Sean: I have to agree with you on this – the moving parts in Europe leading up to the First World War are important, even if the countries here weren’t principal participants. Of course it should be noted that the weakening of the Ottoman Empire significantly contributed to the internal violence in Palestine. With a weakened Ottoman Empire, the British took control of Palestine following the war and their conflicting promises of establishing independent Arab and Jewish states on the same land served to increase tension between the local Arab and Jewish populations. Ironically, you could make the argument that the origins of the 1948 Arab-Israeli War can be traced back to the weakening of the Ottomans in 1913. Add that to the wider ramifications associated with the heightened tensions in Europe, and I think this is a clear choice.
Result: First Balkans War Ends Advances (96-69)
(6) José Victoriano Huerta assumes Mexican Presidency v. (2) Mexican Vice-President José Maria Pino Suarez assassinated in coup
Sean: This one is tough because they are so closely related. It is generally assumed that Suarez was killed by police operating on orders from Huerta, who had taken control of Mexico in a violent coup. His reign was quite short, however, as he resigned and went into exile just over a year later.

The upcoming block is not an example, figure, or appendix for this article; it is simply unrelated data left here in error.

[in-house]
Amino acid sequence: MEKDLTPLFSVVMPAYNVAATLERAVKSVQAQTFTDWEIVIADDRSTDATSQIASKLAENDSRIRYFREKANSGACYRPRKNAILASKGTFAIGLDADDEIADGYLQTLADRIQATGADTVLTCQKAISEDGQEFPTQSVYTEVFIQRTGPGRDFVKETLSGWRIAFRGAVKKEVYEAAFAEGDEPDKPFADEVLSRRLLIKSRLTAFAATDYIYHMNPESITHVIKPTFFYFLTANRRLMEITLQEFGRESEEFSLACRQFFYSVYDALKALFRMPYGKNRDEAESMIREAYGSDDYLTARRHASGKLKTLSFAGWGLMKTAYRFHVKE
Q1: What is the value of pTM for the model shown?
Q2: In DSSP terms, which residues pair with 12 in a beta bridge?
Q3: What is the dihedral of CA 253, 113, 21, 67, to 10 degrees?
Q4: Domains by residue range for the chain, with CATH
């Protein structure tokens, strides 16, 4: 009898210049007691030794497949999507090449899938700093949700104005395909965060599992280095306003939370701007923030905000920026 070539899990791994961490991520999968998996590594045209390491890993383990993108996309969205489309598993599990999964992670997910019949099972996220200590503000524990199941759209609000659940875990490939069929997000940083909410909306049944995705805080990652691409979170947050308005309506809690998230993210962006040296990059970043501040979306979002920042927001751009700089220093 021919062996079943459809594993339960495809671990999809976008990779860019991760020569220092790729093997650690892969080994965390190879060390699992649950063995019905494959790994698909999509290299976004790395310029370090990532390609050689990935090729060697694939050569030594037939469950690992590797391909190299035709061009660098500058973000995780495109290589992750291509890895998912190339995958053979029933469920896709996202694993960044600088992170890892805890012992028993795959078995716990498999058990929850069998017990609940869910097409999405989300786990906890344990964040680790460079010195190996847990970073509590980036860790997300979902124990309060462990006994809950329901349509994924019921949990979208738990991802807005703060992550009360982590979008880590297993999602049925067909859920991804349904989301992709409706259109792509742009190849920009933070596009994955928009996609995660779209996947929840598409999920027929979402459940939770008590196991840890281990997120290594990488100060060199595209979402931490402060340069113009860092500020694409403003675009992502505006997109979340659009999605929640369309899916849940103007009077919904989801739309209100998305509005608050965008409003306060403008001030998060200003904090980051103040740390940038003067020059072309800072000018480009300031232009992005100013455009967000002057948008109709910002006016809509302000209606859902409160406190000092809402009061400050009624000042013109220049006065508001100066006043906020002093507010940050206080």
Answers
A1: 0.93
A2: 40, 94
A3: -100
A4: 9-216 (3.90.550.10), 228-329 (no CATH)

How the two men are remembered is the determining factor for me. Huerta remains an unpopular figure in Mexico, receiving the ‘delightful’ moniker of The Jackel, while Suarez was posthumously awarded the Belisario Dominguez Medal of Honour, the highest honour bestowed by the Mexican government. On that scale, I think it’s pretty clear.
Aaron: In light of the events of the Arab Spring, and the subsequent turmoil in the area involving military dictatorships, I feel as though one has to give the nod to the man who fought for democracy and against social injustices (Saurez) compared to a military officer (Huerta) who maintains the moniker “The Usurper.”
Result: Suarez Assassination Advances (80-44)
(8) Jesse Owens Born v. (5) First Four-Engine Plane Built and Flown